Copyright (c) 1996, Roanoke Times

DATE: Thursday, November 21, 1996            TAG: 9611210055


IF LAB TESTS link the Buck knife taken from a pair of drifters to the 1985 murders of Derek and Nancy Haysom, Jens Soering could go free.

A knife reportedly confiscated in 1985 from two drifters who later stabbed a Roanoke man to death will be tested to see if it could be the weapon that killed Boonsboro couple Derek and Nancy Haysom.

In an unusual development in Jens Soering's appeal of his conviction for murdering the Haysoms, Bedford County Circuit Judge William Sweeney ordered Monday that the knife be sent to state forensic labs in Richmond, where it will be tested for the presence of human blood and compared with samples of blood from the Haysoms.

An evidentiary hearing is scheduled Dec. 9 for Soering, 30, a former University of Virginia honor student who is serving a double life sentence for the March 1985 stabbings of his girlfriend's parents in their Bedford County home.

Soering claims he is innocent and has said he thinks the murder was committed by his former girlfriend, Elizabeth Haysom - who is serving a 90-year sentence for accessory to murder - and accomplices unknown to him.

Soering is seeking a new trial on grounds that Bedford police and then-prosecutor Jim Updike withheld evidence about the knife and the two drifters from defense attorneys during his 1990 trial.

A former Bedford County deputy, George Anderson of Montvale, says he stopped hitchhikers William L. Shifflett and Robert Lewis Albright on a highway near the Haysom home shortly after the Haysoms' bodies were discovered.

Anderson has told Soering's attorney that while he questioned the men, one of them hid a folding Buck knife in the back of his patrol car. Anderson confiscated the knife and has had it in his personal possession for the past decade.

A day or so later, on April 6, 1985, Shifflett and Albright stabbed to death 58-year-old drifter Marvin Franklin Milliken. When Shifflett was arrested, he had another large folding knife in his possession similar to the one Anderson said he had confiscated.

Shifflett, 37, and Albright, 34, are serving multiple life sentences and will not be eligible for parole until 2002. Albright is in Greensville Correctional Center in Jarratt, and Shifflett is at Keen Mountain Correctional Center, where Soering is incarcerated.

Answering a subpoena from the state attorney general's office last month, Anderson turned over the knife, and state medical examiners have said it is consistent with the type of knife that could have been used in the Haysom murders.

While Assistant State Medical Examiner Dr. David Oxley said there was little similarity between the stab wounds of the Haysoms and Milliken - Milliken's throat was not cut as the Haysoms' were, and they were not sexually mutilated as Milliken was - Oxley wrote: "It is our opinion that the knife or a knife like it would have been capable of inflicting the slash and stab wounds present on Mr. and Mrs. Haysom."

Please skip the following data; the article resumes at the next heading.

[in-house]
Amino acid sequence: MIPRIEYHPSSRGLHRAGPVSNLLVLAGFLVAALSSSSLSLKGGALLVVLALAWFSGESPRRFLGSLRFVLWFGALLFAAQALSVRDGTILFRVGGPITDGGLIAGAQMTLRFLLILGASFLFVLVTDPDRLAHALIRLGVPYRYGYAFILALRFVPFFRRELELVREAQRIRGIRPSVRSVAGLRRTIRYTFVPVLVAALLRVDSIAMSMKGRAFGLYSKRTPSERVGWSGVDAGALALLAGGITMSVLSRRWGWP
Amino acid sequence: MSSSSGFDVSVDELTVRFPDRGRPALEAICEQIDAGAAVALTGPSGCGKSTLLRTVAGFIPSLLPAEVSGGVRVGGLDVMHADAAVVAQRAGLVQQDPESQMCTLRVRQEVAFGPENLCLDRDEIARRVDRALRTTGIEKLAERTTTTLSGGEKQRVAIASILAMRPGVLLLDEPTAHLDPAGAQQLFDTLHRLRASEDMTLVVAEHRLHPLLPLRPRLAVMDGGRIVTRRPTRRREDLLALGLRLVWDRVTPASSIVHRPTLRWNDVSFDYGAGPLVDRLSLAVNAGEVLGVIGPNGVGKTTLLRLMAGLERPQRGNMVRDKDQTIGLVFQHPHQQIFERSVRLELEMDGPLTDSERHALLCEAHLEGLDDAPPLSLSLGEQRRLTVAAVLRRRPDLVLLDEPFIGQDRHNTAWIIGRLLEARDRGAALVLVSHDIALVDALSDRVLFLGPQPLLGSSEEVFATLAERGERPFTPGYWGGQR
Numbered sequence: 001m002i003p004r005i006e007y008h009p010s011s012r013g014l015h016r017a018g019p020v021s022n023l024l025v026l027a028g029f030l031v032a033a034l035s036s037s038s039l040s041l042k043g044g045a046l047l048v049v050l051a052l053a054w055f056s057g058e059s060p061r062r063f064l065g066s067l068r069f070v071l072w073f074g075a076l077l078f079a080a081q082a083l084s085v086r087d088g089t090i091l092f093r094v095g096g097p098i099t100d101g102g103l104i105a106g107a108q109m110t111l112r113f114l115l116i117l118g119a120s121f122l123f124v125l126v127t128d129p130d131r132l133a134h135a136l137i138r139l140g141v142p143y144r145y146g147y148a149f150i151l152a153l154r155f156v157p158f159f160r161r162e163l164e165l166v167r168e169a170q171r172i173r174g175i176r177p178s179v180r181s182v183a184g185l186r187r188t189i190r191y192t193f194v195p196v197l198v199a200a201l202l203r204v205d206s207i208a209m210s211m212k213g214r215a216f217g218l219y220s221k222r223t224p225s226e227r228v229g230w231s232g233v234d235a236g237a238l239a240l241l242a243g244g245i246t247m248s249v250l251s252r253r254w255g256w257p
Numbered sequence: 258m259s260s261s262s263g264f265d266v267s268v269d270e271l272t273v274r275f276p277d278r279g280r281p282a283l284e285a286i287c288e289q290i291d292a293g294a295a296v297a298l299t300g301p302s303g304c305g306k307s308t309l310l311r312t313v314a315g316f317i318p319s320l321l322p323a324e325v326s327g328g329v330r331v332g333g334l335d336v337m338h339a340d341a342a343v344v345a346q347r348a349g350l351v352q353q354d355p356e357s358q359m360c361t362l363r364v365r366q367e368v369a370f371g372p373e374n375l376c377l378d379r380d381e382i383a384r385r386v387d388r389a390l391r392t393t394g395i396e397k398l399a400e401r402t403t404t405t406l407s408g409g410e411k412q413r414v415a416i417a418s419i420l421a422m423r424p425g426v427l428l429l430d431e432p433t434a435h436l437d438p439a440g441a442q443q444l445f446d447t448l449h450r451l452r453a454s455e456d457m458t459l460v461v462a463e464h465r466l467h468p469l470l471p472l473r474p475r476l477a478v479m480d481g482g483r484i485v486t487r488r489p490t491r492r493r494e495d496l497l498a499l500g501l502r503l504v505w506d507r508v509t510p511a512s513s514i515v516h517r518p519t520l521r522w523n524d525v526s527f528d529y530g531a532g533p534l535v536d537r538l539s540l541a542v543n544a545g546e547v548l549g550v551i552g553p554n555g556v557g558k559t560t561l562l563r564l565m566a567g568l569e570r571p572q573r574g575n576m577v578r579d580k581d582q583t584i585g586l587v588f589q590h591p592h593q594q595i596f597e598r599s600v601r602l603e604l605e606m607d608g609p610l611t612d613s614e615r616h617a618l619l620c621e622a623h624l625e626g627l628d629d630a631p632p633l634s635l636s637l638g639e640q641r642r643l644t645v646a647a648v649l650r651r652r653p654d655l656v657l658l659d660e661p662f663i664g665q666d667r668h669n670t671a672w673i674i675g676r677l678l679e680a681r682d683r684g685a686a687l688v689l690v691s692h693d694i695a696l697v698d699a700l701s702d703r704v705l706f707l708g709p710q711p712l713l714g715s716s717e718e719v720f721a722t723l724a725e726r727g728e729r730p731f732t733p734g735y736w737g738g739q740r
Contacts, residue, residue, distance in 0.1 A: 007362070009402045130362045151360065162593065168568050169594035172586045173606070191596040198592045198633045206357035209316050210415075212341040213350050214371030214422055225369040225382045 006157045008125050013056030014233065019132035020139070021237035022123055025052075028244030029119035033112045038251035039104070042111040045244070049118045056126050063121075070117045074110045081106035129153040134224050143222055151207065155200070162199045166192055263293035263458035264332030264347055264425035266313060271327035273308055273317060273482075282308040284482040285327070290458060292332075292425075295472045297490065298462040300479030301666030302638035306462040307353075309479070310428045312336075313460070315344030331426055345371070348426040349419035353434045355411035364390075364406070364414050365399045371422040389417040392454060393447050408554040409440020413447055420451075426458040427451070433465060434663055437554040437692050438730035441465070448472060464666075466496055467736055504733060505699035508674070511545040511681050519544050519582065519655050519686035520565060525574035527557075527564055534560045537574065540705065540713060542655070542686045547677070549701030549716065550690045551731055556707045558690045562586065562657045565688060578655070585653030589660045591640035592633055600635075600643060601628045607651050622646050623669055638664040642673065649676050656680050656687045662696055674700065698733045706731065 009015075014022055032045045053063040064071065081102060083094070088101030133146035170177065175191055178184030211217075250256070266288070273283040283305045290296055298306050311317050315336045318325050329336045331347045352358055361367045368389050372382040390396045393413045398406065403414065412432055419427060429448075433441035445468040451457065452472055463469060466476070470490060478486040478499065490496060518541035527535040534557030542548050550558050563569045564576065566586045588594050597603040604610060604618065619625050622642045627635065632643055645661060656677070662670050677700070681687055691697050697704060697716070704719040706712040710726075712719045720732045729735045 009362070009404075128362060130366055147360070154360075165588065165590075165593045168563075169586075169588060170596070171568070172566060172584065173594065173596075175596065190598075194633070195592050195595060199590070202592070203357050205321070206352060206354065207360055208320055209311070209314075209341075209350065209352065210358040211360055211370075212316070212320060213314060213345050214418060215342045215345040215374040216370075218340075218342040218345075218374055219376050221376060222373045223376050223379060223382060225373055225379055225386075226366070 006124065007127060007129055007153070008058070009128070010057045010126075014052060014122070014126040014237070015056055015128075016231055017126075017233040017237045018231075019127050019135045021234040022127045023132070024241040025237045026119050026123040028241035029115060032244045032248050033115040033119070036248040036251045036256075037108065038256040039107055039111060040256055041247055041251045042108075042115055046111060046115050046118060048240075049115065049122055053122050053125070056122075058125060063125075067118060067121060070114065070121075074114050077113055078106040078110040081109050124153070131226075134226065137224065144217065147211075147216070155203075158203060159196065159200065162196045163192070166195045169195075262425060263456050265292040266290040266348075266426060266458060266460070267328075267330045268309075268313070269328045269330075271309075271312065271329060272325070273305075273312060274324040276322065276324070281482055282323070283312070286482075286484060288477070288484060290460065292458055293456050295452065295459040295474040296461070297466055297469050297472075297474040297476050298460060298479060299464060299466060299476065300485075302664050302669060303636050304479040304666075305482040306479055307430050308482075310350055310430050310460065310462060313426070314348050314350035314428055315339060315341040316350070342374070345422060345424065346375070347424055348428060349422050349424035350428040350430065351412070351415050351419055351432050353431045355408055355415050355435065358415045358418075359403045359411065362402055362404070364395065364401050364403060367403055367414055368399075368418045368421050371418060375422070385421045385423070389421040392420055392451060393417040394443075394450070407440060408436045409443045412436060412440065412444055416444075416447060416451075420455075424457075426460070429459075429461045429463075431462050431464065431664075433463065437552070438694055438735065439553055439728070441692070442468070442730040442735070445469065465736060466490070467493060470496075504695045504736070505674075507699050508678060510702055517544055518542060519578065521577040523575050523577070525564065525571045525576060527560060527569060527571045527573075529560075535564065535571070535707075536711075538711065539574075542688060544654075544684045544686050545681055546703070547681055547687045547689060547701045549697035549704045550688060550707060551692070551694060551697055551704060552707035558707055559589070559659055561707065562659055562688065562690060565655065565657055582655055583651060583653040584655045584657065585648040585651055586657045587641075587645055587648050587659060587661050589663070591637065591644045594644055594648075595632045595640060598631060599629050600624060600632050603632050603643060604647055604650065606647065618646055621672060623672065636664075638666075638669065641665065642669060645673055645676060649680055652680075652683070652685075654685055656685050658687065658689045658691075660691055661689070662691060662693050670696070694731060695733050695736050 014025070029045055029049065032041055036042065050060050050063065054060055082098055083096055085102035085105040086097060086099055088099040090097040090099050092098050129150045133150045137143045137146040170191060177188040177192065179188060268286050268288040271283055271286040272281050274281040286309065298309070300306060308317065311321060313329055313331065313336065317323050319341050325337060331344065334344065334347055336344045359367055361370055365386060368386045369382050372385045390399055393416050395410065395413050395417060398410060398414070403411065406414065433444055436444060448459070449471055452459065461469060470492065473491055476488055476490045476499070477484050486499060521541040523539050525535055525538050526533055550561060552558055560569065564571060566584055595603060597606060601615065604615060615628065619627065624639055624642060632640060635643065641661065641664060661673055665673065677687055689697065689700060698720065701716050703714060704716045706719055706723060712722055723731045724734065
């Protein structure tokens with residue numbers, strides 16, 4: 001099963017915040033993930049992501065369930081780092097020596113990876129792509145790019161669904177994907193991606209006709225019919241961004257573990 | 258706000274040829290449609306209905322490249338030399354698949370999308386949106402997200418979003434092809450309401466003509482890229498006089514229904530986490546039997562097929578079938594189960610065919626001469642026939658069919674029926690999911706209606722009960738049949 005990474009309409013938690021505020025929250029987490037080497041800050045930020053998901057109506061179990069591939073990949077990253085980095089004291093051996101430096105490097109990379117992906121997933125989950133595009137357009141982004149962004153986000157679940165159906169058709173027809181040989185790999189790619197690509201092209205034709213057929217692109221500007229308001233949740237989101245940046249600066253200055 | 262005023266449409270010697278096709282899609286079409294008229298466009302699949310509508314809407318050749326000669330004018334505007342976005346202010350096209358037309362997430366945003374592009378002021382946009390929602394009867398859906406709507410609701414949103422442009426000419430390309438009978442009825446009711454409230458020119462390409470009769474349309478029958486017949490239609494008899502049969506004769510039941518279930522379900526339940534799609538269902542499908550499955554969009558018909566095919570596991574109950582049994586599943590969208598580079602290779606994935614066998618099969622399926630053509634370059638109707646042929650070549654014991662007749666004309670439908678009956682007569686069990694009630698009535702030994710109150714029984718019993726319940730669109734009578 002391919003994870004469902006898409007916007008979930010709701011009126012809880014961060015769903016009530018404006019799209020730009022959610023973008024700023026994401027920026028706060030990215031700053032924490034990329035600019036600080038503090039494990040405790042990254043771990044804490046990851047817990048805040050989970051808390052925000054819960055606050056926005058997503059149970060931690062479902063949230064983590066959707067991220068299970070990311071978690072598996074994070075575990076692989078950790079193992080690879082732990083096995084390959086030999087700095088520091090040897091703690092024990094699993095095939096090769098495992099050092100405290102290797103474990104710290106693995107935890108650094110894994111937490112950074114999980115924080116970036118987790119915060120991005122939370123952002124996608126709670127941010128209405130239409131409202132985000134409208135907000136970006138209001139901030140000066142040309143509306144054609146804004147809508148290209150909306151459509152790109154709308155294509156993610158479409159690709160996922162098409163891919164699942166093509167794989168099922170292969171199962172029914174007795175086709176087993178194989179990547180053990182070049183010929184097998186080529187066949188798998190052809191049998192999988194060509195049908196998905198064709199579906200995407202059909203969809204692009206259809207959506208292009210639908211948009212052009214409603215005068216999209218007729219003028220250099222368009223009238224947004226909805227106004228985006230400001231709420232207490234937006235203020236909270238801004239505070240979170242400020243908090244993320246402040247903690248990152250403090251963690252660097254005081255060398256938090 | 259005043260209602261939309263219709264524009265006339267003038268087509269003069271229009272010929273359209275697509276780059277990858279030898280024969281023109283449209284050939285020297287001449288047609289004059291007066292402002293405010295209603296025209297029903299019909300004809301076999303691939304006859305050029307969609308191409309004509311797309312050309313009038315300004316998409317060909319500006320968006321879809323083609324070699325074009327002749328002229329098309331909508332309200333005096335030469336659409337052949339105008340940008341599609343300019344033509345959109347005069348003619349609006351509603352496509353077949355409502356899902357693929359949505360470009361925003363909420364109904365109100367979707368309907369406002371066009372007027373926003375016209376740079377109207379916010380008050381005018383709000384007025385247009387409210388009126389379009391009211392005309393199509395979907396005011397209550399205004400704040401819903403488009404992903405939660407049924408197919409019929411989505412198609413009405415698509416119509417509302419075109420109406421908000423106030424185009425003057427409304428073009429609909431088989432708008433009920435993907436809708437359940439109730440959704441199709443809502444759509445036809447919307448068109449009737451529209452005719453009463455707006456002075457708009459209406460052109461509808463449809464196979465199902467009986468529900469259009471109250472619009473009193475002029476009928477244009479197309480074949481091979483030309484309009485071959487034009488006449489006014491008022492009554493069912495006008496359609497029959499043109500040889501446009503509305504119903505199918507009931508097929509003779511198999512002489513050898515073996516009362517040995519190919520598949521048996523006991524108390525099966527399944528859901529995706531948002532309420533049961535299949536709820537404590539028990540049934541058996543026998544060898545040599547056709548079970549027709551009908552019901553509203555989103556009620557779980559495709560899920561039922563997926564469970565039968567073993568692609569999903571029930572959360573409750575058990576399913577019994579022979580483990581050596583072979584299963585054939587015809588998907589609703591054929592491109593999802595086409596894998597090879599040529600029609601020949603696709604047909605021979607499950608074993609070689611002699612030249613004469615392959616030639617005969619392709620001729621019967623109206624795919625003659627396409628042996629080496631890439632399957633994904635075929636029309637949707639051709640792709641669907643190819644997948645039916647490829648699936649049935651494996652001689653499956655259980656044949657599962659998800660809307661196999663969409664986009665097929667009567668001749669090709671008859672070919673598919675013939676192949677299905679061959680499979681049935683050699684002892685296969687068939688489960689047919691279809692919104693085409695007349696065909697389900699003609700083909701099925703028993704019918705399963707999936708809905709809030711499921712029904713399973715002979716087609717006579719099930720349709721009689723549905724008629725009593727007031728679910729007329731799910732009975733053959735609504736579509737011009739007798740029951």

However, Oxley said, at least one of the wounds on Nancy Haysom appeared to be too deep to have been caused by the knife Anderson said he had confiscated.

Shifflett's and Albright's fingerprints were compared with unidentified prints found at the Haysom murder scene and were eliminated. That information was admitted into evidence at Soering's trial and was given to his defense. Soering's fingerprints were not found at the scene.

Until recently, Soering's attorney, Gail Marshall, was unaware that Shifflett's and Albright's prints were part of the trial record, and she was seeking them from the Department of Corrections and the Bedford County Sheriff's Office, claiming they had been withheld or overlooked.

"To me, she didn't do her homework," said Sgt. Ricky Gardner, chief investigator in the Haysom murders. "She was saying why didn't we fingerprint these guys, and she was demanding we turn over this to her. Well, we did do it."

Gardner said he had no knowledge of the knife being taken from the two men. The Sheriff's Office has said it has no paperwork from Anderson's stop.

Gardner said he has inspected the knife and its crevices "were clean as a whistle. If that knife had been used in a murder, it must have really been cleaned out."

Marshall said she would expect a murderer to clean a weapon after using it. "I don't think the absence of blood proves anything," she said. "But if there is blood, and it matches the Haysoms', that would be highly relevant to proving the innocence of Jens Soering."

LENGTH: Medium:   86 lines
ILLUSTRATION: PHOTO:  (headshot) Jens Soering. color.

by CNB